Transformers Fall of Cybertron: review

 

  • Format: 360 (version reviewed), PS3, PC
  • Unleashed: Out Now
  • Publisher: Activision
  • Developer: High Moon Studio
  • Players: 1 (offline), 2-12 (online)
  • Site: http://www.transformersgame.com/

Transformers: Fall of Cybertron is the follow up game to the surprising hit Transformers: War for Cybertron released a couple of years ago (which we also enjoyed). Though it borrowed much from other third person shooters of the time (Gears of War in particular) its pleasant mix of retro homage and nods to recent cartoons and movies appealed to a wide audience and age range. Can this new title kindle the same positive response?

Set a non-specific number of years after the outbreak of the war between Autobots and Decepticons, Fall of Cybertron centres around the closing moments of said war as the last of the Autobots led by Optimus Prime prepare to flee their dying planet. They’ve lost the war and the opening tutorial shows their attempt to flee being impeded by their enemies, before flashing back in time a little to show how events led to that point across thirteen varied chapters playing as both sides.

The biggest change in terms of the main campaign this time around is that there is no drop-in/drop-out co-operative mode for up to three players. It comes across like this was perhaps a purposeful decision meant to allow for a more focused story designed around a single person but, in practise (bar only one or two small sections), there is little in the game that doesn’t feel like it would have been a better experience if you could have at least one other player there with you.

Listening to criticisms made of the previous game, it’s obvious that High Moon has tried to make the planet seem more alive and varied. You’ll visit quite a few different locations (though there is still a familiar feel between them all despite the colour palette change) and switch it up between characters who fly, drive or have unique abilities like Jazz’s tether for hooking your way through open areas. The biggest selling point they have focused on this time though is the addition of the Dinobots. Who doesn’t want to stomp around as a huge robot T-Rex? They even made it plausible within the confines of the story how they came to be.

The overall tone of the story is a bit more gritty and dark than the previous game, though it is difficult to sympathise with a race of transforming machines even if they are being mercilessly executed. That said, the story is still entertaining enough and is a decent length; but the overall appeal will still very much depend on how familiar you are with, and enjoy, the source material.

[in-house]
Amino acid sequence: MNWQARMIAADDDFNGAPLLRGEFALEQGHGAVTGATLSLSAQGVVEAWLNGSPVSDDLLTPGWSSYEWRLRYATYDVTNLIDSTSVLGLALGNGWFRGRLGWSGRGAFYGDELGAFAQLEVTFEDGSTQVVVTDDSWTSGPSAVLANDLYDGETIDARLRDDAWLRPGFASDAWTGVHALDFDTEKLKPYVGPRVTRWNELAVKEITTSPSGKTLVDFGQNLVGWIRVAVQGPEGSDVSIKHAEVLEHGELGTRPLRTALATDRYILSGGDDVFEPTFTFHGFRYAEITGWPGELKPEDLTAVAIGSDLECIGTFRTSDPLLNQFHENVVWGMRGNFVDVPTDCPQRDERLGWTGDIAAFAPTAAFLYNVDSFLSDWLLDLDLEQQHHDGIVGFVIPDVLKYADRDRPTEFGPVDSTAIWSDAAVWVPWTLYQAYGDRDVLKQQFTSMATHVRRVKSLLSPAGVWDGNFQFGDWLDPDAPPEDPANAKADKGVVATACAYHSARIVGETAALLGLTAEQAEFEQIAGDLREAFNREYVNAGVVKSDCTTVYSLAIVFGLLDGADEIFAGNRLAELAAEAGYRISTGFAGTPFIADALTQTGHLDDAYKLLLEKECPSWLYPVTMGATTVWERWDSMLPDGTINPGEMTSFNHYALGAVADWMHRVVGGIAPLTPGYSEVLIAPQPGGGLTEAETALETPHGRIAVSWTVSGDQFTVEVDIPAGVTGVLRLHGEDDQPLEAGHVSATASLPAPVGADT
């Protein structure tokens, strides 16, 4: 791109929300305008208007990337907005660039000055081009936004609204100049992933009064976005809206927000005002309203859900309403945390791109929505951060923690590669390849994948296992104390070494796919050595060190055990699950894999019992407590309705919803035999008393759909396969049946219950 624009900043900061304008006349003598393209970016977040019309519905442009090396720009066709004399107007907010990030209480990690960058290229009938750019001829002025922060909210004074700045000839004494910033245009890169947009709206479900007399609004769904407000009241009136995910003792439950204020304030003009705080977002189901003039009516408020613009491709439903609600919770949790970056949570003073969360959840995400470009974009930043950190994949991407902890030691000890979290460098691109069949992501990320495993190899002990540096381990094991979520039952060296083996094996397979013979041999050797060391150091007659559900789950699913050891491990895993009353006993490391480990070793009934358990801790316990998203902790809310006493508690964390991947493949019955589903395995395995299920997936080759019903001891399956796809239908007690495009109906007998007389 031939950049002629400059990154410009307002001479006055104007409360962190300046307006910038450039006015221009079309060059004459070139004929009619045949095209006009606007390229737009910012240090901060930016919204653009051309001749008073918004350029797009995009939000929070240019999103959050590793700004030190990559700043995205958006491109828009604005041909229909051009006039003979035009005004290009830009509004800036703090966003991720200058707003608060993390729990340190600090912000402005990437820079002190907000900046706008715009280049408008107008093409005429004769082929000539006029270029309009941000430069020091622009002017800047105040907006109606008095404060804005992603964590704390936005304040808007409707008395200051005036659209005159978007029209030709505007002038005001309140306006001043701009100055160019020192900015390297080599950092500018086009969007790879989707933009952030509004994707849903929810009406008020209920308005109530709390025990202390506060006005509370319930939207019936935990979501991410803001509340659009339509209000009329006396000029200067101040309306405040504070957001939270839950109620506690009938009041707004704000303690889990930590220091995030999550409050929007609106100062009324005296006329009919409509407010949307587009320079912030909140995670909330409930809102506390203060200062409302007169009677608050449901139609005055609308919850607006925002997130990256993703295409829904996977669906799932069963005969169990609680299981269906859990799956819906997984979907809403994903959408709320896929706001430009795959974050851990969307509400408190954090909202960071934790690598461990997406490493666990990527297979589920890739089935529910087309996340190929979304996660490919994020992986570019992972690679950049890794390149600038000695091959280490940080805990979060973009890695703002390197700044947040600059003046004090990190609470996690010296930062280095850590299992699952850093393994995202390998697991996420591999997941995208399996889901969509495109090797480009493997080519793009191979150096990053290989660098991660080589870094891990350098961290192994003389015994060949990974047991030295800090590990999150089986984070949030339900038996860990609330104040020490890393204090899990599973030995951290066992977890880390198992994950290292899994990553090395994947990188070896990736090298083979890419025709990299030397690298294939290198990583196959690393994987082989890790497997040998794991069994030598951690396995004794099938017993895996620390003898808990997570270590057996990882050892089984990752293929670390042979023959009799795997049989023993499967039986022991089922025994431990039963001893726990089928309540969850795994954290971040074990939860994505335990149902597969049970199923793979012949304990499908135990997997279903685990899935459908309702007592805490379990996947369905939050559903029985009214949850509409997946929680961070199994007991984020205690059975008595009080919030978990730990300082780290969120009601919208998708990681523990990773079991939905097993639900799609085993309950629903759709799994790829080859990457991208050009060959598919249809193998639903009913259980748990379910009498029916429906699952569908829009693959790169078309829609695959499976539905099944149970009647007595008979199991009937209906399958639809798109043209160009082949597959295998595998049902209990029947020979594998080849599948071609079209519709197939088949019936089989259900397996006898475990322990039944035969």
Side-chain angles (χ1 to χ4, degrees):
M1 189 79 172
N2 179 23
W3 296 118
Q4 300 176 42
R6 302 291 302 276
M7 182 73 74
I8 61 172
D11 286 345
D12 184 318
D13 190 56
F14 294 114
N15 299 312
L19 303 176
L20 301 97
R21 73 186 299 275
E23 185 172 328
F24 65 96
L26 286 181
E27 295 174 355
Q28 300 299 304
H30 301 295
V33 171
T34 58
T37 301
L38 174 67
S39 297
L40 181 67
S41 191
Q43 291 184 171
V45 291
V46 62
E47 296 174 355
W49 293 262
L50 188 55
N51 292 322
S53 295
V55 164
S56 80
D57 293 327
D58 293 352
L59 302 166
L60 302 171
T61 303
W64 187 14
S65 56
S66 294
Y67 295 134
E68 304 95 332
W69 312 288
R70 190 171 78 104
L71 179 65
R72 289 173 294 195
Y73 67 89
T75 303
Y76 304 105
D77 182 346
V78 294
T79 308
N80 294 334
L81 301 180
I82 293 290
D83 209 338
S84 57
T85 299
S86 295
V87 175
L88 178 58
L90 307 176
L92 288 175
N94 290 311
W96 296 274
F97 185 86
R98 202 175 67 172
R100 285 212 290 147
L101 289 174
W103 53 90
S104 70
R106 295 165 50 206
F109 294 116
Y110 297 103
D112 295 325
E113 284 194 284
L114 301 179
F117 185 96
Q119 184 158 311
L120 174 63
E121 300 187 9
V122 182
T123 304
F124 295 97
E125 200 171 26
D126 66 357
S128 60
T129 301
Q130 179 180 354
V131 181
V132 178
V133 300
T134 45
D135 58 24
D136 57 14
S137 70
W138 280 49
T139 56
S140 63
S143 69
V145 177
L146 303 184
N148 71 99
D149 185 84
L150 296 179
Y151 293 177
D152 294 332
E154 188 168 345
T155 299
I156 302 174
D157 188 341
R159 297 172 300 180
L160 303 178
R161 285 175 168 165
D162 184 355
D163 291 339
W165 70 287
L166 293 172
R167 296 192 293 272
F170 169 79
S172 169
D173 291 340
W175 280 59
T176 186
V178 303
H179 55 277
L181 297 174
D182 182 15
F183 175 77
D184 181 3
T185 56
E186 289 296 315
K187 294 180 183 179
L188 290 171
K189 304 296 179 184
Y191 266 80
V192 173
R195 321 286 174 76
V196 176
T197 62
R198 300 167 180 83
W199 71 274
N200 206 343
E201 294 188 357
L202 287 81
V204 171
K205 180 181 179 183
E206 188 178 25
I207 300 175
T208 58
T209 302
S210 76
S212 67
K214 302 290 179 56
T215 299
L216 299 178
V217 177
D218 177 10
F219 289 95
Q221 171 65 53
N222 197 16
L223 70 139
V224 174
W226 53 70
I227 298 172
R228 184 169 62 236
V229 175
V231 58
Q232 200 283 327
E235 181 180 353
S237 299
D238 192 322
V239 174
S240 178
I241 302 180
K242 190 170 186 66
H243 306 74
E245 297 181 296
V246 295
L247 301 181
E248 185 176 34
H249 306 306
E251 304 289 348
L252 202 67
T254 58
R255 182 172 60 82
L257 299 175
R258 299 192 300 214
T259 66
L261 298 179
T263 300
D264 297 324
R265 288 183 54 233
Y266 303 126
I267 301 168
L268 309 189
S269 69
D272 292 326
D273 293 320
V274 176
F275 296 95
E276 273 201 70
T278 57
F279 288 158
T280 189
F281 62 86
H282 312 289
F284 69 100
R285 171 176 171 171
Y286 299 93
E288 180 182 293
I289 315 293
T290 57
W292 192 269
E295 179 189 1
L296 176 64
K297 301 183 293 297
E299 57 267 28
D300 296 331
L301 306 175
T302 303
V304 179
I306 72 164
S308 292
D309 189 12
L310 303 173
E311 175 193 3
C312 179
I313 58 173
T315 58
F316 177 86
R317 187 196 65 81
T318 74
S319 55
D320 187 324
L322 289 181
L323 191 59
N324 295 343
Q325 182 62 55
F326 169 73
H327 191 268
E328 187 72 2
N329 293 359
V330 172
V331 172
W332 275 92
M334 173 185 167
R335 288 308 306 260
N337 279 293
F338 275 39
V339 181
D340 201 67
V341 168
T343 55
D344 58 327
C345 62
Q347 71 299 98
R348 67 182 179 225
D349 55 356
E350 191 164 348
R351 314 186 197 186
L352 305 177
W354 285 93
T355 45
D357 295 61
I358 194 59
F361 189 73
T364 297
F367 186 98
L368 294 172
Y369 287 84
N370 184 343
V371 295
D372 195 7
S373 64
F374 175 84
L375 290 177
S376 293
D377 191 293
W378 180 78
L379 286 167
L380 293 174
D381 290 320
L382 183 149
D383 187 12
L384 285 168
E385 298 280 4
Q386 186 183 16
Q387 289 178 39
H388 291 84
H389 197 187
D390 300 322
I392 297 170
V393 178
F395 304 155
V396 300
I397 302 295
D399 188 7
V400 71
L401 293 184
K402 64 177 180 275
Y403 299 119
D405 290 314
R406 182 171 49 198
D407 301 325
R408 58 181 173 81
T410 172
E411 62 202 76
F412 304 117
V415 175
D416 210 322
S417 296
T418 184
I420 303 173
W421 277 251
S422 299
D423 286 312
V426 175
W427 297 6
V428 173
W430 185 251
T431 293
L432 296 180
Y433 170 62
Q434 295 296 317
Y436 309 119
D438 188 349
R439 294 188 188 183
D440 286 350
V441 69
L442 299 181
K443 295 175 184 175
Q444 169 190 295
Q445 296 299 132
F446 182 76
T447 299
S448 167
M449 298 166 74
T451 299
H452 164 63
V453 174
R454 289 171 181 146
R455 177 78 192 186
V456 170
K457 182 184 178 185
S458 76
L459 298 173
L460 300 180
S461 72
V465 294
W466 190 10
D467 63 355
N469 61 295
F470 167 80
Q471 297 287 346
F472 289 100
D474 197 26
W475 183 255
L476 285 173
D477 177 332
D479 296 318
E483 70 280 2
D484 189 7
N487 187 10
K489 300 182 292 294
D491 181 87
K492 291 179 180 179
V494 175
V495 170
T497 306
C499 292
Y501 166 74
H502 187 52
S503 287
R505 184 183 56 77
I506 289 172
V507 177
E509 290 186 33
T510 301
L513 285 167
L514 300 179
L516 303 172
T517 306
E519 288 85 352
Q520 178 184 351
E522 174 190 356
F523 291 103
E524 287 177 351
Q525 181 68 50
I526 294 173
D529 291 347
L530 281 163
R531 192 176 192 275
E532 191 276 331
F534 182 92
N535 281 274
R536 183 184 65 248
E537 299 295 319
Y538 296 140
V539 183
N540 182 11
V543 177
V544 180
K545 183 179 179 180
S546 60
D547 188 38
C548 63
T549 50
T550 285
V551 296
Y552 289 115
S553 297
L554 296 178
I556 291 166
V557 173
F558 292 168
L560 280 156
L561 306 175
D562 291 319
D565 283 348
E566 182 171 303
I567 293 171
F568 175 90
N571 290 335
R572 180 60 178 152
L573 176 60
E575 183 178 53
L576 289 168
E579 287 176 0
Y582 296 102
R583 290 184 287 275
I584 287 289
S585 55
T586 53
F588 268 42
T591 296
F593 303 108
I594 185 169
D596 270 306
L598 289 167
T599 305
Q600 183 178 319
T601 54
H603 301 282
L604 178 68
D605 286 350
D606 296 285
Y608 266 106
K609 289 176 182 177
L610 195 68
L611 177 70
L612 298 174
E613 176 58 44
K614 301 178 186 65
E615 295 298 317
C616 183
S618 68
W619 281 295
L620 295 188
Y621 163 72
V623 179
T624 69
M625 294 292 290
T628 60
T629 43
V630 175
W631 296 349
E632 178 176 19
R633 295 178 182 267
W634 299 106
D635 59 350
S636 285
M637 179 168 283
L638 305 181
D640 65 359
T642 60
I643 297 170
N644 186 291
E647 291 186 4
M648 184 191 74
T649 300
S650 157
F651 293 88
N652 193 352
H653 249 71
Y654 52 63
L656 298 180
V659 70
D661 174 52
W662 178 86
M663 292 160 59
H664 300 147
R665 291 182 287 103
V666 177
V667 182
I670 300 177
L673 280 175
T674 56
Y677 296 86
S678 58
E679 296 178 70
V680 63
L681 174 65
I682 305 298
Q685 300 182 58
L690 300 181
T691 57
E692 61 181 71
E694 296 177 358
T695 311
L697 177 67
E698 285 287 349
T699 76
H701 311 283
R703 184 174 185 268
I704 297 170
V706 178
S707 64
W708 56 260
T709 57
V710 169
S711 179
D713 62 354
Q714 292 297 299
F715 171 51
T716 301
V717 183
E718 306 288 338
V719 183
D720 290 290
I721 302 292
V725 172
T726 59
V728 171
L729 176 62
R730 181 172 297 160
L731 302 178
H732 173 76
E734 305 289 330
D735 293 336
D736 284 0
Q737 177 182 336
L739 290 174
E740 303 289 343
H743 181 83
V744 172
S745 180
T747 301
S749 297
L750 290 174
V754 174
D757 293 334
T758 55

As in War for Cybertron, the game is littered with references to the 80s cartoon, the more recent movies, comics and the newest iterations of the cartoon as well. Fans of all ages will simply love noticing the carefully place parodies or nods and references made to all these different sources, and it strongly reconfirms that High Moon is a group of individuals who know and understand the Transformer universe very, very well.

Once again it is Peter Cullen that leads an overall decent cast lending their voices to the characters. With the years of experience under his belt it is to be expected that he knows what he’s doing, but it’s still impressive to hear him manage to make Prime sound as good as he does even now. Music is a little less noticeable than the previous game but still nice enough.

On a technical side the only things of note we would bring up is that we suffered one crash during a playthrough of the main story, and stages beginning off the tail-end of a cutscene would often have visible texture loading. There were a couple of instances where there was so much happening at once that the frame rate would visible suffer and stutter also.

A Horde style mode returns and is the sole form of co-op available for up to four people. The multiplayer also returns and a majority of changes from the previous game are all bad. The four selectable classes are far less diverse, with only one ability quick slot (instead of two) and two powers to chose from (instead of four). Rather than provide class specific kill-streak rewards, powerful usable items are now just scattered around the stages too. This promotes rewarding the camping of these items (in particular one which regenerates health far too well) and fails to reward players that are doing well naturally.

We mentioned previously that the Dinobots were clearly the focus of this game. High Moon, perhaps working off information gained directly from Hasbro, knew that everyone wanted those characters. You get to play as one in the campaign but that’s it. What? You want to use them in the multiplayer? Well then, it’s time to buy some on-disc DLC. It comes across as desperate to use such a horrible tactic and is genuinely infuriating that they would go this way. The only thing more infuriating is playing the multiplayer after the Dinobot skin pack was ‘released’ and seeing 90% of people online using them.

Money-grabbing disc based DLC aside, Fall of Cybertron is a good game. To a fan of Transformers it would be an amazing game and it’s clearly who it was made for. Those who aren’t fans my still find something here since it’s not every third person shooter available that also lets you change into a vehicle at will or command a giant robot the size of a city.

 

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Written by Ian D

Misanthropic git. Dislikes: Most things. Likes: Obscure references.

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